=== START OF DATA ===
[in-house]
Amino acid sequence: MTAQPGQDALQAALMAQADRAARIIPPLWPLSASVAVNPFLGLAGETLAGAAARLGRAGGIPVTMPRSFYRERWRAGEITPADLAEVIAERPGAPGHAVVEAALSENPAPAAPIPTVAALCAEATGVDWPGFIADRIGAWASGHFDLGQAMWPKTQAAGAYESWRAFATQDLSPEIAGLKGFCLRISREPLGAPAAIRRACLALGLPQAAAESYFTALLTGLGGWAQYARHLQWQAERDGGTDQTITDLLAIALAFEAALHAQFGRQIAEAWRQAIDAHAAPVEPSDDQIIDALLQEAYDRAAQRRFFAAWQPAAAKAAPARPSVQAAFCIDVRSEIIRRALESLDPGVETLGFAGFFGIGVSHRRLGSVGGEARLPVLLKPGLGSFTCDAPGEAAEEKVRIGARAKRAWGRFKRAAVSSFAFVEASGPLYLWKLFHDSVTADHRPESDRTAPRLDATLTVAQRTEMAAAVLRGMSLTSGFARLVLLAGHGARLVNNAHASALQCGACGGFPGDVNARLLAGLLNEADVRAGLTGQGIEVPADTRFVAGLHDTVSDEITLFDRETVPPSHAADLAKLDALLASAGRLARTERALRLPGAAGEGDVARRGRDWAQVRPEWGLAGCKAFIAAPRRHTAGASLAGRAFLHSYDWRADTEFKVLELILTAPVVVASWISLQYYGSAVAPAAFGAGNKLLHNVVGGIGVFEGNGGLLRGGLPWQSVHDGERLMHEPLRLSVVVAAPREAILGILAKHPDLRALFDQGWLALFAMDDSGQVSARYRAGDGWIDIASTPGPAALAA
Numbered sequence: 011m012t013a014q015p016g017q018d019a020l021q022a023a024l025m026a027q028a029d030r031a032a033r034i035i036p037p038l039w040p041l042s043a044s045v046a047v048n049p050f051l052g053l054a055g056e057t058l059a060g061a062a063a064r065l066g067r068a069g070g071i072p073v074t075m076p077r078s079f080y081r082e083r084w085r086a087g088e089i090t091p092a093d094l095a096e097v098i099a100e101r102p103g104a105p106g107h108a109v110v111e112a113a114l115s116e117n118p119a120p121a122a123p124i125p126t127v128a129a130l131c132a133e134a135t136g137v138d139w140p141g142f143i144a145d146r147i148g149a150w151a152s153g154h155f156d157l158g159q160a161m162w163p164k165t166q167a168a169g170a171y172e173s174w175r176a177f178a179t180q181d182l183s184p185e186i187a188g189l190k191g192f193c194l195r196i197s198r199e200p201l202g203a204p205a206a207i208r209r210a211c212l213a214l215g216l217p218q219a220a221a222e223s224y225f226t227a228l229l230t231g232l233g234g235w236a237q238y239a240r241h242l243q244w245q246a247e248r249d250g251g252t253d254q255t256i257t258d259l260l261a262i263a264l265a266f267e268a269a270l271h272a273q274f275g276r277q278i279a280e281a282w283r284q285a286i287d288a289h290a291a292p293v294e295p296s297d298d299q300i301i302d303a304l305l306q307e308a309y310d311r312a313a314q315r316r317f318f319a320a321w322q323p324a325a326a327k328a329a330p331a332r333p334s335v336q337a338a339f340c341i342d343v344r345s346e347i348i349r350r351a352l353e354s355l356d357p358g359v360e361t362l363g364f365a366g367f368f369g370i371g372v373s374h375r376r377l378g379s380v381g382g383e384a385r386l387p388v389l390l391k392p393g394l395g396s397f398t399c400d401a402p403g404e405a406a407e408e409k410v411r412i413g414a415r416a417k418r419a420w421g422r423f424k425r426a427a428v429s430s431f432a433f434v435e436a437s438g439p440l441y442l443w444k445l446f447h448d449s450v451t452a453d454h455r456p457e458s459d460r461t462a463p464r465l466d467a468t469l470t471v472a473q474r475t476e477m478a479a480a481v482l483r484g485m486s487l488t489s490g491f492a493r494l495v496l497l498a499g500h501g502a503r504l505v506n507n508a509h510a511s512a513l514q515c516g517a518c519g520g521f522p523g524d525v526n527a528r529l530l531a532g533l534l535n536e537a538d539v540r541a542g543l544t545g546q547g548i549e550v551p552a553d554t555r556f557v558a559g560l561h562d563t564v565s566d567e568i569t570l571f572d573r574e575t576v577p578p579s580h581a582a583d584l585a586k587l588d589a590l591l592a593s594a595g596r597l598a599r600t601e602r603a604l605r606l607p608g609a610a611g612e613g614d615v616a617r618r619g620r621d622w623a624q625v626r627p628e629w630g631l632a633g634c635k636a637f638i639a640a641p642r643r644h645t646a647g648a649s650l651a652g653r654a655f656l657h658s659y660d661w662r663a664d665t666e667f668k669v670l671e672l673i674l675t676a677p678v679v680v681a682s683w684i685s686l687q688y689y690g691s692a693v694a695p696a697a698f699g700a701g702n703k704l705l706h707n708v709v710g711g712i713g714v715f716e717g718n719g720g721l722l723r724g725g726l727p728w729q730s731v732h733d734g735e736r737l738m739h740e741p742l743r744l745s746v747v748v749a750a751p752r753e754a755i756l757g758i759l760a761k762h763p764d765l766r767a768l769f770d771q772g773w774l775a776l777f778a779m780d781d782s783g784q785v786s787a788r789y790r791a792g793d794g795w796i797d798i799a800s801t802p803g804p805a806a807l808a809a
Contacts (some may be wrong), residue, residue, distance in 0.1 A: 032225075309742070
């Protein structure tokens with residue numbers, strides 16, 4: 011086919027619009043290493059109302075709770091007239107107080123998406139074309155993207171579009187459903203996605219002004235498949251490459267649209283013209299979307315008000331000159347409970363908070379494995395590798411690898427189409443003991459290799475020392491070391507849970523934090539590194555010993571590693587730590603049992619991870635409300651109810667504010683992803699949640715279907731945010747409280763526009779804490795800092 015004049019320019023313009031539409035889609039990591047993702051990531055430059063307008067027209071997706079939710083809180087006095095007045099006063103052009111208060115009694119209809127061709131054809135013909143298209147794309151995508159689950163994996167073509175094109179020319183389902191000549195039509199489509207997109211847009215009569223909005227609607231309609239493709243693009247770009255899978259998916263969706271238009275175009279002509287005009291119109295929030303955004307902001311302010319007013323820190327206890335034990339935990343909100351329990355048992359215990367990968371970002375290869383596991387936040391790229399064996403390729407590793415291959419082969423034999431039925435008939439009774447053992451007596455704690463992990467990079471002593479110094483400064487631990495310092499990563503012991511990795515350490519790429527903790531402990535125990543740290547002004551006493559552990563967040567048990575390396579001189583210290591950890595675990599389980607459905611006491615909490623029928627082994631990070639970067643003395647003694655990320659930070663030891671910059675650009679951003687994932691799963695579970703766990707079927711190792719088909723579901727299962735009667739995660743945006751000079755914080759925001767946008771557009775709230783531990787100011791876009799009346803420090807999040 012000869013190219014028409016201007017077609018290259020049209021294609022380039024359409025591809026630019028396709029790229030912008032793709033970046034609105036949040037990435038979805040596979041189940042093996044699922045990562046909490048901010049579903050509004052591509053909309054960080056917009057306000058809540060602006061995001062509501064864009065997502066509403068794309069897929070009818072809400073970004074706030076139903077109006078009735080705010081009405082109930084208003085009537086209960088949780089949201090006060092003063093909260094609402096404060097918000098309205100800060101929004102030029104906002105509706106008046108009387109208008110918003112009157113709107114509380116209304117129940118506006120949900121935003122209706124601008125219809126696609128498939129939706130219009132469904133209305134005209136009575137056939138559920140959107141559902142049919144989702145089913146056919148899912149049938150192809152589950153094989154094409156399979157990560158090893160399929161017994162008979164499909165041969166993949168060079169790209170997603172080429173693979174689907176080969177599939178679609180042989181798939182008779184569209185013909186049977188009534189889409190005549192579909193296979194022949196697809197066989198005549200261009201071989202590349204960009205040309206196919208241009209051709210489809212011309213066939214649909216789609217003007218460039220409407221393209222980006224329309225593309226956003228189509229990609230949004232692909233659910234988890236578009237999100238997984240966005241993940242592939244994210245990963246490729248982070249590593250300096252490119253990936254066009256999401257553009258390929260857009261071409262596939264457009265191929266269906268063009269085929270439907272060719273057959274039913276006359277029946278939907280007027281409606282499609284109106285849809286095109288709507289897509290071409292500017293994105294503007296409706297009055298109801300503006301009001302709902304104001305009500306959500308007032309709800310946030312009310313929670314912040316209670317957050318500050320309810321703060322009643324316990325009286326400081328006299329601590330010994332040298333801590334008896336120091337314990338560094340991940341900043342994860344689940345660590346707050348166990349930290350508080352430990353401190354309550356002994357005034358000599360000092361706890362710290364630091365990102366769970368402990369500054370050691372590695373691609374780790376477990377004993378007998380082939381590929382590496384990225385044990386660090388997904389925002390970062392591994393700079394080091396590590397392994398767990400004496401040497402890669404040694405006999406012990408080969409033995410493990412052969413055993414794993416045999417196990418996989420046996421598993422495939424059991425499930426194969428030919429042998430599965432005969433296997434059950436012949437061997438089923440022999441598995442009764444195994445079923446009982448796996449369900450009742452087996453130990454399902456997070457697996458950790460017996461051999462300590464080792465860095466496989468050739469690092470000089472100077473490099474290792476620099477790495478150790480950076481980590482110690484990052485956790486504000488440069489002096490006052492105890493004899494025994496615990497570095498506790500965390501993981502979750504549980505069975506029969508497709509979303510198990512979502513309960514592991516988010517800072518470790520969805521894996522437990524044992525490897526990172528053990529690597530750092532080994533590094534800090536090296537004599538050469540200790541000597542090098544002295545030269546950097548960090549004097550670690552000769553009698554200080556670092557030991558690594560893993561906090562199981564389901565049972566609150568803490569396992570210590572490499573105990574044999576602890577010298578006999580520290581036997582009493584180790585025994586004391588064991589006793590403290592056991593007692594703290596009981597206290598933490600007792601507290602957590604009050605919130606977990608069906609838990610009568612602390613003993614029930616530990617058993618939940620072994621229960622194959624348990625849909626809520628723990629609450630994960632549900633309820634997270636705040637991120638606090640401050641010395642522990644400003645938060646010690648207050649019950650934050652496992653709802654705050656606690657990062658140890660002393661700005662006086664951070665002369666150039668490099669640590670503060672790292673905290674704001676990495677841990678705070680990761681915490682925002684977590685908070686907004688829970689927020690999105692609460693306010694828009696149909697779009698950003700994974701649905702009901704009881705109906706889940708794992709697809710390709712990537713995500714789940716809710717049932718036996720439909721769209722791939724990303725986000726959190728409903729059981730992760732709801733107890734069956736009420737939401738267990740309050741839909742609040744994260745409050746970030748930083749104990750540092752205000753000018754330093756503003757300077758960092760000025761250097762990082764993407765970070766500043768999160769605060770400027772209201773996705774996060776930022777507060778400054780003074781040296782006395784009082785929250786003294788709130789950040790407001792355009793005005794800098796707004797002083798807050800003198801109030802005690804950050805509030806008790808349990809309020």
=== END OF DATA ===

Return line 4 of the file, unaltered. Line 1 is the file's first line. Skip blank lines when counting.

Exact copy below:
Contacts (some may be wrong), residue, residue, distance in 0.1 A: 032225075309742070